Coming soon to a bus shelter near you: advertising

By 19 January 2007 30

I don’t know if this just slipped under the radar, or if it was covered in other local media, but here’s a story I thought might be of interest.

Seems that the streets of Canberra will soon be featuring something they’ve never had before: commercial advertising, on bus shelters.

As this press release reports, Adshel has won a 15-year tender let by the ACT Government to provide bus shelters with advertising:

Under the contract the company will provide up to 314 bus shelters incorporating over 266 advertising panels across the ACT, a large proportion of these in the capital Canberra.

(Where would the other ones be?! Tharwa? Williamsdale?)

There’s no money involved: the deal is that Adshel installs and maintains the shelters, emtpies the bins etc, and earns the revenue from advertising.

Apparently the shelters will look something like this.
Evo bus shelter

Personally I’m all for it. There’s no reason the Government should be spending money doing this sort of thing when Adshel and companies like it have a business model that enables them to provide public facilities at no-cost to the public.

Of course, I’ll admit that there are bound to be many who are opposed to the introduction of panel advertising on Canberra’s streets. But the question is simply, would you prefer to have facilities that are not maintained, or for the Government to be spending tax dollars to maintain them, or to endure the minor inconvenience of advertising in order for a private company to undertake the installation and maintenance. To me it’s a no-brainer.

[ED - IMHO It beats dicky little coreflute banners all over the place (something even the ACT Government has resorted to using). One wonders if we couldn't have got a better deal]

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30 Responses to
Coming soon to a bus shelter near you: advertising
tortfeaser 10:40 am
19 Jan 07

Now there’s a public-private partnership that makes sense. I wonder if the sheds revert to the Govt if it goes bad, Cross City Tunnel style?

seepi 10:43 am
19 Jan 07

anything that brings actual rubbish bins back to the streets has got to be a good thing!

johnboy 10:44 am
19 Jan 07

I guess it was too much to expect the Prime Minister of Canberra to organise garbage collection.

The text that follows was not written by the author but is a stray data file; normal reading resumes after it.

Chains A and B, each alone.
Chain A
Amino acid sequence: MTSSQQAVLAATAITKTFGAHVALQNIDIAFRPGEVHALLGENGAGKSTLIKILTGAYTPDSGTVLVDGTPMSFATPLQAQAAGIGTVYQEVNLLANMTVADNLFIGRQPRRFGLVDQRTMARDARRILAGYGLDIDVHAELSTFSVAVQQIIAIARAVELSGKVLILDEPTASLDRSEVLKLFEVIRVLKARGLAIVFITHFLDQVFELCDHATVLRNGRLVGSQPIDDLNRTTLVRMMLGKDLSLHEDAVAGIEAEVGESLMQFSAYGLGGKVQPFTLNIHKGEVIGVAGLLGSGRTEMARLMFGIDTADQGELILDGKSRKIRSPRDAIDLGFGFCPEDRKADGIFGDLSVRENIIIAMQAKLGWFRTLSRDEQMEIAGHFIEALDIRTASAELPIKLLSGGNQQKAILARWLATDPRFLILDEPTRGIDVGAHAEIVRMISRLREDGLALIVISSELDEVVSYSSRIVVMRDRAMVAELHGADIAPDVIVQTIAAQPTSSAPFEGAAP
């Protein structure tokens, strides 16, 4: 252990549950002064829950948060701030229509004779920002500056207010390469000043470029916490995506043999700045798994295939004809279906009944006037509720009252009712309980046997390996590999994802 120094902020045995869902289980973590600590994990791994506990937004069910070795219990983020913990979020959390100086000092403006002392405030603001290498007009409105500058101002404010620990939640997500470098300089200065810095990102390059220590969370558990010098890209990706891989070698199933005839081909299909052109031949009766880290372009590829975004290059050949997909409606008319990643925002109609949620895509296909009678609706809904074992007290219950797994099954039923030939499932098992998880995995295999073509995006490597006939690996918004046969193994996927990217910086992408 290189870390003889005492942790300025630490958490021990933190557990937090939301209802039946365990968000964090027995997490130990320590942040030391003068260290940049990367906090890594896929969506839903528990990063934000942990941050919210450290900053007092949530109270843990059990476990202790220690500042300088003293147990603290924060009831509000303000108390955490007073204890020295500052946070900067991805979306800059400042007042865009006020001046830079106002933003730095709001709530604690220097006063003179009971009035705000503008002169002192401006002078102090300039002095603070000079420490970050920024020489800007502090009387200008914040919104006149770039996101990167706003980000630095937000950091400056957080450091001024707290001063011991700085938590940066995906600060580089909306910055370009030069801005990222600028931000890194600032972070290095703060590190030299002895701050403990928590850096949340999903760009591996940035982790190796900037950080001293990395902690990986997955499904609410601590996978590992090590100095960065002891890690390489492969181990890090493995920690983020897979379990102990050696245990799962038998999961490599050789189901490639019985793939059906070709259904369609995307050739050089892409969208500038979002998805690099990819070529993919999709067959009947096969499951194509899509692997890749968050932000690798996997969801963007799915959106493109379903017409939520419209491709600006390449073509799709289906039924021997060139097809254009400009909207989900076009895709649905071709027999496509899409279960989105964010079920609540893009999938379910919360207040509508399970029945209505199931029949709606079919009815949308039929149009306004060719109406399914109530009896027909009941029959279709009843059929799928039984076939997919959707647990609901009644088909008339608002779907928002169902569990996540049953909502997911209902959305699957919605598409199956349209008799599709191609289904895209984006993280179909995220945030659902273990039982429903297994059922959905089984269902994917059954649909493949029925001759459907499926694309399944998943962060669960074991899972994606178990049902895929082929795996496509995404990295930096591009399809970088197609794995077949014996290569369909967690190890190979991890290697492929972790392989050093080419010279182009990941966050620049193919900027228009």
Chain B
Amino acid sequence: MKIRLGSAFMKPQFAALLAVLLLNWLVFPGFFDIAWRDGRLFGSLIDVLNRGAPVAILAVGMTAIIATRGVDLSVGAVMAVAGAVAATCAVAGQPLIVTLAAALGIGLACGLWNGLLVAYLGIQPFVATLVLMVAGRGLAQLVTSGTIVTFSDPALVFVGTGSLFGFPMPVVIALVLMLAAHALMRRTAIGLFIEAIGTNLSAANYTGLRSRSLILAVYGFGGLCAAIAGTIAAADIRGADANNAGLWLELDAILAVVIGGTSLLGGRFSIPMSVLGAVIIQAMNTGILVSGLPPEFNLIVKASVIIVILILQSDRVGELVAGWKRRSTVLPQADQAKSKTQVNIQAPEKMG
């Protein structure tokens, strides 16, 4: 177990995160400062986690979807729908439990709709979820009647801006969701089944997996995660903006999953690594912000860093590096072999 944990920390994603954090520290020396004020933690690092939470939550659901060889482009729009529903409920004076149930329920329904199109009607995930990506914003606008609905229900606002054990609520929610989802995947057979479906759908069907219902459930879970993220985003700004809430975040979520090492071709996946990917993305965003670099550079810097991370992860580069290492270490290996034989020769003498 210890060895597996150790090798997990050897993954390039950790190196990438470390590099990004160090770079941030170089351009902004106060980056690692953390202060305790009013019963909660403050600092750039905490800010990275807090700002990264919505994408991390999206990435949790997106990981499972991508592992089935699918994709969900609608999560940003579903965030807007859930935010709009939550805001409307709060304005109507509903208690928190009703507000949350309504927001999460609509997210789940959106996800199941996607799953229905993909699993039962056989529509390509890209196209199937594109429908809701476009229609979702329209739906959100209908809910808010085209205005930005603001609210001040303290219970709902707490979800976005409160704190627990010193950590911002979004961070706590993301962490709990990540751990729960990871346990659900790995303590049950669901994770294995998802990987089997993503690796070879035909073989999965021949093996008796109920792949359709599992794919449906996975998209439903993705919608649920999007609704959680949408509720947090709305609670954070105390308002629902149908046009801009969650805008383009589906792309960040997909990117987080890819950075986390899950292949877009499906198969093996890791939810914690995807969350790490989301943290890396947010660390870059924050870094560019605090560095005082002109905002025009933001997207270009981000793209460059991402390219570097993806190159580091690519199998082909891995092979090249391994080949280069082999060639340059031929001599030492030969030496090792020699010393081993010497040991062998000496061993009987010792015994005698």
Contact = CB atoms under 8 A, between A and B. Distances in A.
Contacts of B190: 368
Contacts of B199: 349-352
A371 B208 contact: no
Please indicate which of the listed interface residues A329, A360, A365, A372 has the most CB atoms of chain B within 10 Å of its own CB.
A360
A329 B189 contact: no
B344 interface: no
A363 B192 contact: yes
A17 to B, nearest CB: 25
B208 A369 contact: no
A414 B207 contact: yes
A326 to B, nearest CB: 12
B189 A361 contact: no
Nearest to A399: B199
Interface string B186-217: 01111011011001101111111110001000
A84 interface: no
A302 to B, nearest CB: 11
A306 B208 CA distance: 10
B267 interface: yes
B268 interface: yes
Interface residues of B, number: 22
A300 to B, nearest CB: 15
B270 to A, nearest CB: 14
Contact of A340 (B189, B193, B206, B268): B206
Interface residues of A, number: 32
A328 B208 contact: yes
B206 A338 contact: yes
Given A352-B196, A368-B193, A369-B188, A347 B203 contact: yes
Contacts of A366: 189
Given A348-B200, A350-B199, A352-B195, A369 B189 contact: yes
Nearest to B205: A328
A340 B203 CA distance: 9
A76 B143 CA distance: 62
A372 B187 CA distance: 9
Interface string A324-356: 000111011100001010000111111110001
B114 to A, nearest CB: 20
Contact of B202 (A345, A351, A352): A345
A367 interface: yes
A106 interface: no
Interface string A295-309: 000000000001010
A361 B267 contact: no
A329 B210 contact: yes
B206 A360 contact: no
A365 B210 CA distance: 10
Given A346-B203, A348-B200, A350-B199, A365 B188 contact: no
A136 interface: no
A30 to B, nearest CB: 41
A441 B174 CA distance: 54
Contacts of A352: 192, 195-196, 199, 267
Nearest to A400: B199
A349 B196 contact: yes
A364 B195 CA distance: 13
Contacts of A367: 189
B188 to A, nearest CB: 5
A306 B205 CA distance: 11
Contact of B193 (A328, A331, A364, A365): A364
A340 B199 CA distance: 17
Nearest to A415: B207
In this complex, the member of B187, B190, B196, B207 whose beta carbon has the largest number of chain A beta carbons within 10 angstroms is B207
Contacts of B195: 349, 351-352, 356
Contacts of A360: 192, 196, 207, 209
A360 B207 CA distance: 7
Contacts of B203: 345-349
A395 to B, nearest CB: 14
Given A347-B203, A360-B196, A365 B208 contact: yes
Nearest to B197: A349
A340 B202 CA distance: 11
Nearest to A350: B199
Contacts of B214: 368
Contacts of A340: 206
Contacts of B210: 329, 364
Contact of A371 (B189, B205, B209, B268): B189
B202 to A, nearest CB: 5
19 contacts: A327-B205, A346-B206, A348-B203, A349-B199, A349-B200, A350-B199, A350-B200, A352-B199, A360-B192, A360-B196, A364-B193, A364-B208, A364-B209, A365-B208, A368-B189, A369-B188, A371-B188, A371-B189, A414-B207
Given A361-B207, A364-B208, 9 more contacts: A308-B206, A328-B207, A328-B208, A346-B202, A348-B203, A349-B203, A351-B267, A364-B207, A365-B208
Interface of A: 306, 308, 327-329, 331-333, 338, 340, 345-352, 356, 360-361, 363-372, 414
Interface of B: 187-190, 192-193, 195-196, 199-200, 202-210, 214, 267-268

poptop 10:46 am
19 Jan 07

I’m for it.

Only the other day I had wondered what all the ACT based BUGAUP (Billboard Utilising Graffitists Against Unhealthy Promotions)people were doing with their spare time. The ACT Government has solved the problem!

Less buses and more ads – Sweet.

swantonjohn 11:24 am
19 Jan 07

We had one of these outside our flat in London, used to score some great massive movie posters out of it on changeover day.

Sammy 11:29 am
19 Jan 07

As an analogy, I use Gmail because it is a rocking webmail package, and the adverts are worth putting up with for a great free service. Hopefully it’ll be the same with these new bus shelters.

jill 11:35 am
19 Jan 07

Great it means bus shelters like the one at Dirty Deakin will look modern and clean and someone will have an interest in keeping it spotless!

Thumper 11:39 am
19 Jan 07

Well, if the Socialist Republic of Canberra government can’t do it, someone has to…

johnboy 11:42 am
19 Jan 07

Looks like our expectations have been successfully lowered.

simto 11:55 am
19 Jan 07

Government has the responsibility to ensure that, for example, garbage collection is done.

That doesn’t mean they have to do it themselves – they can outsource it in a commercial arrangement such as the one mentioned. Saves government money, same result, can’t see the problem.

Now, if they don’t enforce the agreement, or alternatively the agreement is written so shoddily that standards slip, then yes, our expectations will have been lowered. But at the moment, that hasn’t happened.

So your grumpitude about this one can probably deferred for at least a month or two…

johnboy 12:00 pm
19 Jan 07

One can only hope that having been forced by necessity and incompetence to make this concession to advertising the Stanhope Government can now allow billboards in select locations.

That way our city’s flower beds can be spared the indignity of being used as second class billboards displaying cryptic and easily mis-interpreted messages like “Spastic Centre” on Vernon circle.

pierce 12:26 pm
19 Jan 07

Shiny new bus shelters are all well and good but why at the expense of the mental landscape.

One of the many things that Canberrans take for granted (or haven’t even noticed) is the absence of prominent outdoor advertising in this city.

Personally, I like the feeling that this city has a less corporate feel than most and that I can happily walk down the street, engrossed in my thoughts without some psychologically designed yelling at me for attention. Given the numerous other ways we are bombarded with information and messages in day to day life, this seems entirely civilised.

As for the Spastic Centre flowerbed, everytime I see it I think that one day I’d like to open a bar by that name. (Maybe for underage drinkers)

pierce 12:27 pm